In North Carolina, many employers require workers to take a drug test following an on-the-job accident. The reason is because a positive drug test for alcohol or certain drugs may give the company grounds on which to deny the workers’ compensation claim.
However, a final rule issued by the Occupational Safety & Health Administration (OSHA) last year holds that employers are forbidden from using drug testing – or the threat of drug testing – as a form of retaliation against workers who report injuries or illnesses. As long as the drug test conforms to state and federal regulatory requirements, the employer’s motives are not considered retaliatory and are therefore allowable.
A recent case before the Kansas Court of Appeals deals with workers’ compensation and drug testing, and whether providing an inadequate testing sample amounts to a refusal on which a denial of benefits can be predicated. Essentially, an insufficient sample, absent any further evidence of intent to thwart the purpose of the drug test, is not a refusal to submit to a drug test under the state’s workers’ compensation act.
According to court records, the plaintiff worked as a grinder at a local factory. He started his daily eight-hour shifts at 4 a.m. One day, just an hour and a half into his day, his left arm was injured. He was reportedly grinding on a piece of a metal, and something struck him. He was examined onsite by an emergency medical technician and then transported to a local emergency room. He was admitted at 6 a.m. for severe pain in his elbow and thereafter underwent a physical examination, an X-ray, and also an MRI. Hospital officials took a blood test from him. The medical records indicate the lab was notified of the need for a drug screen for workers’ compensation. The lab called the employer to find out which kind of a drug screen it needed, and the lab worker was told no drug screen was needed.
The plaintiff was released from the hospital and started walking back to the employer. A nurse employed by the company picked him up a few blocks from the hospital. He told her he wasn’t doing well, he’d been in the hospital all day, and he was sick of questions and just wanted to go home. She told him she still needed a drug test. He was annoyed and asked why this couldn’t have been done at the hospital. Still, he agreed to go. He did not seem to be intoxicated, the nurse said, but the company had a policy of post-accident drug testing.
When the nurse asked whether he had been placed on any work restrictions by the doctor, the worker reportedly tossed the paperwork at her and asked when they were going to do the drug test. He was reportedly near tears and said he was ready to go home. Still, he was cooperative and wanted to do the test. A witness was called. The plaintiff was told he needed to fill the cup to a certain point. The plaintiff cooperated but reportedly could not fill the cup up to the line, and there was not enough to get a temperature reading.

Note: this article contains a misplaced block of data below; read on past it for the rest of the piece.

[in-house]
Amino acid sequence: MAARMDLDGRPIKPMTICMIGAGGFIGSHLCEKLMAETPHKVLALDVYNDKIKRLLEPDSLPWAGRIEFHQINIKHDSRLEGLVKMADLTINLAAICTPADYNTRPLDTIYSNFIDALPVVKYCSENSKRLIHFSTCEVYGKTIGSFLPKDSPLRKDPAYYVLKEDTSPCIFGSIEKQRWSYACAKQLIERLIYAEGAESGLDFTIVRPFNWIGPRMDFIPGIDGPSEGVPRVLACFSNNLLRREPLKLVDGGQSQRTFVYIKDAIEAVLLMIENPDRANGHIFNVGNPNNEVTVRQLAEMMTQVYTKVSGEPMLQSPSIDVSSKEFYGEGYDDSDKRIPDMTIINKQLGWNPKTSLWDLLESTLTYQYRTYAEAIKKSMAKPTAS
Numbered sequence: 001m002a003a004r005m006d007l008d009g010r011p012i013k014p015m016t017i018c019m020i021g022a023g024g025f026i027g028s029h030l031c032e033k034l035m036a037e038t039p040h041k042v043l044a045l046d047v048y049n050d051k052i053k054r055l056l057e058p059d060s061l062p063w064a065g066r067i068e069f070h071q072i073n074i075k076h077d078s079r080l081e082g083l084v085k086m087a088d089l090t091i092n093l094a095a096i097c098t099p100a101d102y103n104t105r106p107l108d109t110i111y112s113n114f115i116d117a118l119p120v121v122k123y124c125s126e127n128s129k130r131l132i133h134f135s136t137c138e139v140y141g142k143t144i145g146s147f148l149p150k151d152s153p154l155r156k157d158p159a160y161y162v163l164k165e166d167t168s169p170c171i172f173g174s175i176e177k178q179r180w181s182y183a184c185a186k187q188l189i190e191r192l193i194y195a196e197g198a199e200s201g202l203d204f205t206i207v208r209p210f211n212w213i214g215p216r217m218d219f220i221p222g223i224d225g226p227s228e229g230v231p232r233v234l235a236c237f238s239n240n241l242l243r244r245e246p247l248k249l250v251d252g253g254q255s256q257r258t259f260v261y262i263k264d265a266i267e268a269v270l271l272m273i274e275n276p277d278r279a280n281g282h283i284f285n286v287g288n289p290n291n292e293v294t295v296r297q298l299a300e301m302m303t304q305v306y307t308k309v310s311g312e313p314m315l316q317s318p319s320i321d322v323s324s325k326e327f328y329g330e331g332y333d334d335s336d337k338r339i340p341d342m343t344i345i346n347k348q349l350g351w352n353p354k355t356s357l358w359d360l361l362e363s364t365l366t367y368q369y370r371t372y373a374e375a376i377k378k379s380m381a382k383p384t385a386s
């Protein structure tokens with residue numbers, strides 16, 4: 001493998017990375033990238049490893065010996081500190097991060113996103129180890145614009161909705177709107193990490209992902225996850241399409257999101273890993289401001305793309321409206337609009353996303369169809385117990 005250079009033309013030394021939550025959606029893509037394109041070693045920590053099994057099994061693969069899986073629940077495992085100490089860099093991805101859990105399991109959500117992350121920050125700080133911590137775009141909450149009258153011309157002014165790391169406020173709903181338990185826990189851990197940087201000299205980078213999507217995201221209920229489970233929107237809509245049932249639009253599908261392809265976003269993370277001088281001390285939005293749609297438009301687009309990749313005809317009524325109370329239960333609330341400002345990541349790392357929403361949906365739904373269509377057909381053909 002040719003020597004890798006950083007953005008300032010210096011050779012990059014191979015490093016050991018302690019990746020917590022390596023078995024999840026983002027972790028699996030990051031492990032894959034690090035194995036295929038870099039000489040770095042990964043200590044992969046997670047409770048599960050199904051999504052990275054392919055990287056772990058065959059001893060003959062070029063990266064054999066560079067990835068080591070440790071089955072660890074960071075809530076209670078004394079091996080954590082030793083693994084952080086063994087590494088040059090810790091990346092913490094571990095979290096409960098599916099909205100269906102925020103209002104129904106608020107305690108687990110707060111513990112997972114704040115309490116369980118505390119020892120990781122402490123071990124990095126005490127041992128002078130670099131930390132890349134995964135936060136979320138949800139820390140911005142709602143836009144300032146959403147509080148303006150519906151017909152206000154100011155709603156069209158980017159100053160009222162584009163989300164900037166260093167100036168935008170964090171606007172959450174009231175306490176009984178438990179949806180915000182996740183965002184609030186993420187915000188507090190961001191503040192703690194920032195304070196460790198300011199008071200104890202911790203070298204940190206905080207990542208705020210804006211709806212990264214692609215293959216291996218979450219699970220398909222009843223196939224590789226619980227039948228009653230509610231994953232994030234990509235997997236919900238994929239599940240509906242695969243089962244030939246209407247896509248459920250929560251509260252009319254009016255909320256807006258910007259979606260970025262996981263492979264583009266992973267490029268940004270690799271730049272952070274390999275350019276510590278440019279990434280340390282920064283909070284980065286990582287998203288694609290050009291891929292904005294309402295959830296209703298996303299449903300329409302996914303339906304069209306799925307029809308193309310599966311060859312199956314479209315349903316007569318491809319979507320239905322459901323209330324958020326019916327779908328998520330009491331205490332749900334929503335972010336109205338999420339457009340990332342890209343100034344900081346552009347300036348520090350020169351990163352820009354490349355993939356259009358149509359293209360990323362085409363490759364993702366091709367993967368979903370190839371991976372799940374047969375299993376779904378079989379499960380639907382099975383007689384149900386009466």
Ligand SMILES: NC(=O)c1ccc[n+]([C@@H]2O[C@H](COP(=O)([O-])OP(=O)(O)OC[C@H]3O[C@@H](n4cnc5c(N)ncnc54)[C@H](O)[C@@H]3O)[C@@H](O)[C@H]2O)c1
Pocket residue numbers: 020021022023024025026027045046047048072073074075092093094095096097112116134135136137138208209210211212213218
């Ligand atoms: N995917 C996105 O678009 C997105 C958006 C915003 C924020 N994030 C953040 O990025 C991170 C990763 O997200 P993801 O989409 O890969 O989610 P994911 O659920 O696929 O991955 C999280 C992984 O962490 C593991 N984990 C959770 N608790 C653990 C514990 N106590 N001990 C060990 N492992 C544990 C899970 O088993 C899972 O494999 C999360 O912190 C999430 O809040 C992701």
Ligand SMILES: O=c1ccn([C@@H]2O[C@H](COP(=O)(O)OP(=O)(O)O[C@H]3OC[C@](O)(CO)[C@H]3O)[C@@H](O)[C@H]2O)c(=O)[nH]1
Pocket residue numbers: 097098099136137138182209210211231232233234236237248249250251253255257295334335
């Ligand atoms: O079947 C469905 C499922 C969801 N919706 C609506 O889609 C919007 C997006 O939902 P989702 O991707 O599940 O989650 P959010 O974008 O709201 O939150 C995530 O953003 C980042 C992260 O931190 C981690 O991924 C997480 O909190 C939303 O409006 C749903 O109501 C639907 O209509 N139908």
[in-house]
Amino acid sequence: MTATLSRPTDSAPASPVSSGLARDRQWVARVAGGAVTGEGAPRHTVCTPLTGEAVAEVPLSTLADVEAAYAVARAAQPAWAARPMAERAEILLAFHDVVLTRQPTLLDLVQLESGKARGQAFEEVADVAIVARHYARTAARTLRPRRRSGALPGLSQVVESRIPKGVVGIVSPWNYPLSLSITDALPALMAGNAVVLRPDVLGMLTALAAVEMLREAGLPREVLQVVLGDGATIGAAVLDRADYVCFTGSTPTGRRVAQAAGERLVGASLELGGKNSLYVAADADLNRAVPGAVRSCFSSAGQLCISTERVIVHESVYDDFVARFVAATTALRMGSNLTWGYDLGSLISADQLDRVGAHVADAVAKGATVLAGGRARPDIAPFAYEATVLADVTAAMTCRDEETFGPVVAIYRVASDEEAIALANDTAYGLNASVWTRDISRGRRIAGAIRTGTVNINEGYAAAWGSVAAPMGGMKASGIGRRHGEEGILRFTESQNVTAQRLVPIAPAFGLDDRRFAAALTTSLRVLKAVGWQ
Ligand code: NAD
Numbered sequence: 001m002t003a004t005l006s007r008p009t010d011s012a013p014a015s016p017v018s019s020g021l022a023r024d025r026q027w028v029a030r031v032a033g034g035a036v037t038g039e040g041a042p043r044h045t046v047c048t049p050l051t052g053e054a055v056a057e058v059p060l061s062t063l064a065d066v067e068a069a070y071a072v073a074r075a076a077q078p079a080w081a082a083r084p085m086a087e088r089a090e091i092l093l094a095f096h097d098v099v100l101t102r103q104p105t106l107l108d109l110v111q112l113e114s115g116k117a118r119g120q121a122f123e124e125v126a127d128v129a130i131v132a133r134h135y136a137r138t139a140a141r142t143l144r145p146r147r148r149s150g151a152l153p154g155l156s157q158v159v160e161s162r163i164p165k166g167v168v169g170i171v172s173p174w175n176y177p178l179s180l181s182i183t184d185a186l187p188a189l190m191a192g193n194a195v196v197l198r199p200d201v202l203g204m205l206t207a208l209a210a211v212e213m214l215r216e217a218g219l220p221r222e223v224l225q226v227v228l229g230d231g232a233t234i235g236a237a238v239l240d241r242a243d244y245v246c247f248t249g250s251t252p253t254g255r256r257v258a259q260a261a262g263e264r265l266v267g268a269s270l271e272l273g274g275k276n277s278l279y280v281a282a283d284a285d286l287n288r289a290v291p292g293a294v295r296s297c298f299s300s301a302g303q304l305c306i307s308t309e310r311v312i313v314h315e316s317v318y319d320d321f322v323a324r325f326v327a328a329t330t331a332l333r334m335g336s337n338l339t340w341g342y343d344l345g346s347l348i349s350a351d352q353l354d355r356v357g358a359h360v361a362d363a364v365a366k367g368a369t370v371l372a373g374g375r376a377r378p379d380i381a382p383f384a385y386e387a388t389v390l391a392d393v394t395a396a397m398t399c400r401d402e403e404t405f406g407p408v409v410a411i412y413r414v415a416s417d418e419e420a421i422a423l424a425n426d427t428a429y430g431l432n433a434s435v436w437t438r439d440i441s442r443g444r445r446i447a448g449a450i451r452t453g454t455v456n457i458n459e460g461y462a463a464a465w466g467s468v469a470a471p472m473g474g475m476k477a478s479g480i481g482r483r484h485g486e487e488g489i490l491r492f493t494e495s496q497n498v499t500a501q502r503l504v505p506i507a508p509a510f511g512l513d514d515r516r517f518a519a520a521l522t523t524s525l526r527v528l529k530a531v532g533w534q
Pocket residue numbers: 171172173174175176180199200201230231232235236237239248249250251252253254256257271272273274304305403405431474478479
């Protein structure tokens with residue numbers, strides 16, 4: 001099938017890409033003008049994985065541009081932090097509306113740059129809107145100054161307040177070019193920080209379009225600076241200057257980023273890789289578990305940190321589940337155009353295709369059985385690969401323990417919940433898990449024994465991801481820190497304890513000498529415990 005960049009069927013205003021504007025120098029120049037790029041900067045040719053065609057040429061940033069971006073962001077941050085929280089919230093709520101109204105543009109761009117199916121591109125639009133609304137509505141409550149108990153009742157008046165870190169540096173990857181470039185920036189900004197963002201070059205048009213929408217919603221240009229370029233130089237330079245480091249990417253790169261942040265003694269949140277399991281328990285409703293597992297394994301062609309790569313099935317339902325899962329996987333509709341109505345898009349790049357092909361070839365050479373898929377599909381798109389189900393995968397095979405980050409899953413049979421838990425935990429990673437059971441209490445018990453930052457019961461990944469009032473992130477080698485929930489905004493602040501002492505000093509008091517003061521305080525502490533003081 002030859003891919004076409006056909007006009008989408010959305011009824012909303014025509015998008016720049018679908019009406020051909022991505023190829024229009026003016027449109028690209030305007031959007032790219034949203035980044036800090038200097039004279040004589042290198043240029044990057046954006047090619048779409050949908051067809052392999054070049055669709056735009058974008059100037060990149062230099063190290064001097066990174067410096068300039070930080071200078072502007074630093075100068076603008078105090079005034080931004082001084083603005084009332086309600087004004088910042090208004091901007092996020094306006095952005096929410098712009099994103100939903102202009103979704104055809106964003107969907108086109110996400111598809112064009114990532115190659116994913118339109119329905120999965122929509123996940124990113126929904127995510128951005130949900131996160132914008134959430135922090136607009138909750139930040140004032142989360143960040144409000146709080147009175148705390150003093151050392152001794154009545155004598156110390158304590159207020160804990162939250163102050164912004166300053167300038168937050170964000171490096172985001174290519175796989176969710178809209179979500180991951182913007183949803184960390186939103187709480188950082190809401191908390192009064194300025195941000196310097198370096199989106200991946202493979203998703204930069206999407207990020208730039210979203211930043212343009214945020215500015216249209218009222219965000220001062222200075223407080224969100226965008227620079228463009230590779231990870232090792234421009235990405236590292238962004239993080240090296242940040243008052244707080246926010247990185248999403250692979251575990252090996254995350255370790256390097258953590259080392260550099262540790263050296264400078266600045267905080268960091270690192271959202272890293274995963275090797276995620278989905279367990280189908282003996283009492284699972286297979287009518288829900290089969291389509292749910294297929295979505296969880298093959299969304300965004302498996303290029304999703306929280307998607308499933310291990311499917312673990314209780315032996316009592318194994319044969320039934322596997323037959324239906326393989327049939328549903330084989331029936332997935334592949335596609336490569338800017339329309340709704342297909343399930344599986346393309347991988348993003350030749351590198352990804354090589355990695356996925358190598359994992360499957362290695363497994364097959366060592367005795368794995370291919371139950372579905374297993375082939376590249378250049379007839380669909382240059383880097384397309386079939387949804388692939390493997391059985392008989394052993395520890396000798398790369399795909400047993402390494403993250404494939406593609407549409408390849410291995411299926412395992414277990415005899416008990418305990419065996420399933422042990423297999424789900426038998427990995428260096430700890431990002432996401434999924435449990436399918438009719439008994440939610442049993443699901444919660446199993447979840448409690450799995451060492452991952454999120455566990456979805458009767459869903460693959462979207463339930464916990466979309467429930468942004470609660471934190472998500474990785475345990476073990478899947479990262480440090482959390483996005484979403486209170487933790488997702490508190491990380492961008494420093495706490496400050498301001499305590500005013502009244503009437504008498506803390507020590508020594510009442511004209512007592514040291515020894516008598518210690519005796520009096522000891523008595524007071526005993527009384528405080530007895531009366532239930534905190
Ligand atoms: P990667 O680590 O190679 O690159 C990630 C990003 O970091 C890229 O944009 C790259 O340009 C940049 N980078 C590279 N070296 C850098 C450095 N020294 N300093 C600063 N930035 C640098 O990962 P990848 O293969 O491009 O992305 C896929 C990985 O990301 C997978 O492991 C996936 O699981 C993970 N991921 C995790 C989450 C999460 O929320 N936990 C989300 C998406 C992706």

The nurse informed him he’d need to have another test taken. But he grabbed his hard hat, said he would “see you ladies later,” and walked out, even as the nurse called after him that he might lose his job if he didn’t finish the drug test. This didn’t stop him. The nurse then went back in and immediately threw away the urine sample. She stated it wasn’t unusual for a cup to be defective, but she had to get the plaintiff’s permission to transfer the sample into a different cup.
None of the plaintiff’s doctors stated that there was any indication the plaintiff was under the influence of drugs or alcohol, nor did any of his supervisors or co-workers. All of the plaintiff’s medical appointments relating to the accident were canceled for the refusal to take the drug test.
When the plaintiff appealed his employer’s stance, both the administrative law judge and the board of commissioners ruled he forfeited his benefits under the workers’ compensation act by refusing to provide an adequate urine sample.
However, the Kansas Court of Appeals made it clear it was not bound by this interpretation, and it disagreed and reversed. The court noted there was “not one bit of evidence” on the record that would indicate the plaintiff was drunk or on drugs when he was injured at work. When the hospital asked him to give a urine sample, he agreed to do so. It was only when the employer told the hospital that one wasn’t needed that it was not administered. Furthermore, the plaintiff gave a urine sample when he got back to the job site. The nurse threw that sample out because she believed it to be inadequate. There is no evidence she even attempted to test it.
From the worker’s standpoint, this had been a long day. He was still in pain. Nothing in his statements or actions, the court ruled, amounted to a refusal to take the test or an admission of wrongdoing.
The court reversed and remanded.
Contact the Carolina injury lawyers at the Lee Law Offices by calling 800-887-1965.
Byers v. Acme Foundry, Jan. 27, 2017, Kansas Supreme Court
More Blog Entries:
Report: Construction Workers at High Risk of Sprains and Strains, Jan. 27, 2017, Charlotte Workers’ Compensation Lawyer Blog